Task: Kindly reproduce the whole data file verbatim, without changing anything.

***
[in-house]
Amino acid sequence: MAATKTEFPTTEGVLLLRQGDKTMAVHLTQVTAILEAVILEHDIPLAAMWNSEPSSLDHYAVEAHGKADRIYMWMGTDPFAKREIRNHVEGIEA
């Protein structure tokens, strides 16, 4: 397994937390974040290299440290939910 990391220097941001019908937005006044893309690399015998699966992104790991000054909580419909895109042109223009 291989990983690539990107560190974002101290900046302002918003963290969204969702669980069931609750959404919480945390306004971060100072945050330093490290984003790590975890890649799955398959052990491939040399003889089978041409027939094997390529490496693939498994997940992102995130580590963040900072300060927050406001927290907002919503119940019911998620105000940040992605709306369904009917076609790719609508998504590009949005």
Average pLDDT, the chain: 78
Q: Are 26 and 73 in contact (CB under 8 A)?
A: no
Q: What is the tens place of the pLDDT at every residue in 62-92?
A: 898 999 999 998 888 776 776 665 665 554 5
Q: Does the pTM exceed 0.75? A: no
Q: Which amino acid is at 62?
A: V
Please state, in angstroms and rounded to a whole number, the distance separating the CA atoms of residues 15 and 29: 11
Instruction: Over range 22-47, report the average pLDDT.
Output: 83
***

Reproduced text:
[in-house]
Amino acid sequence: MAATKTEFPTTEGVLLLRQGDKTMAVHLTQVTAILEAVILEHDIPLAAMWNSEPSSLDHYAVEAHGKADRIYMWMGTDPFAKREIRNHVEGIEA
């Protein structure tokens, strides 16, 4: 397994937390974040290299440290939910 990391220097941001019908937005006044893309690399015998699966992104790991000054909580419909895109042109223009 291989990983690539990107560190974002101290900046302002918003963290969204969702669980069931609750959404919480945390306004971060100072945050330093490290984003790590975890890649799955398959052990491939040399003889089978041409027939094997390529490496693939498994997940992102995130580590963040900072300060927050406001927290907002919503119940019911998620105000940040992605709306369904009917076609790719609508998504590009949005």
Average pLDDT, the chain: 78
Q: Are 26 and 73 in contact (CB under 8 A)?
A: no
Q: What is the tens place of the pLDDT at every residue in 62-92?
A: 898 999 999 998 888 776 776 665 665 554 5
Q: Does the pTM exceed 0.75? A: no
Q: Which amino acid is at 62?
A: V
Please state, in angstroms and rounded to a whole number, the distance separating the CA atoms of residues 15 and 29: 11
Instruction: Over range 22-47, report the average pLDDT.
Output: 83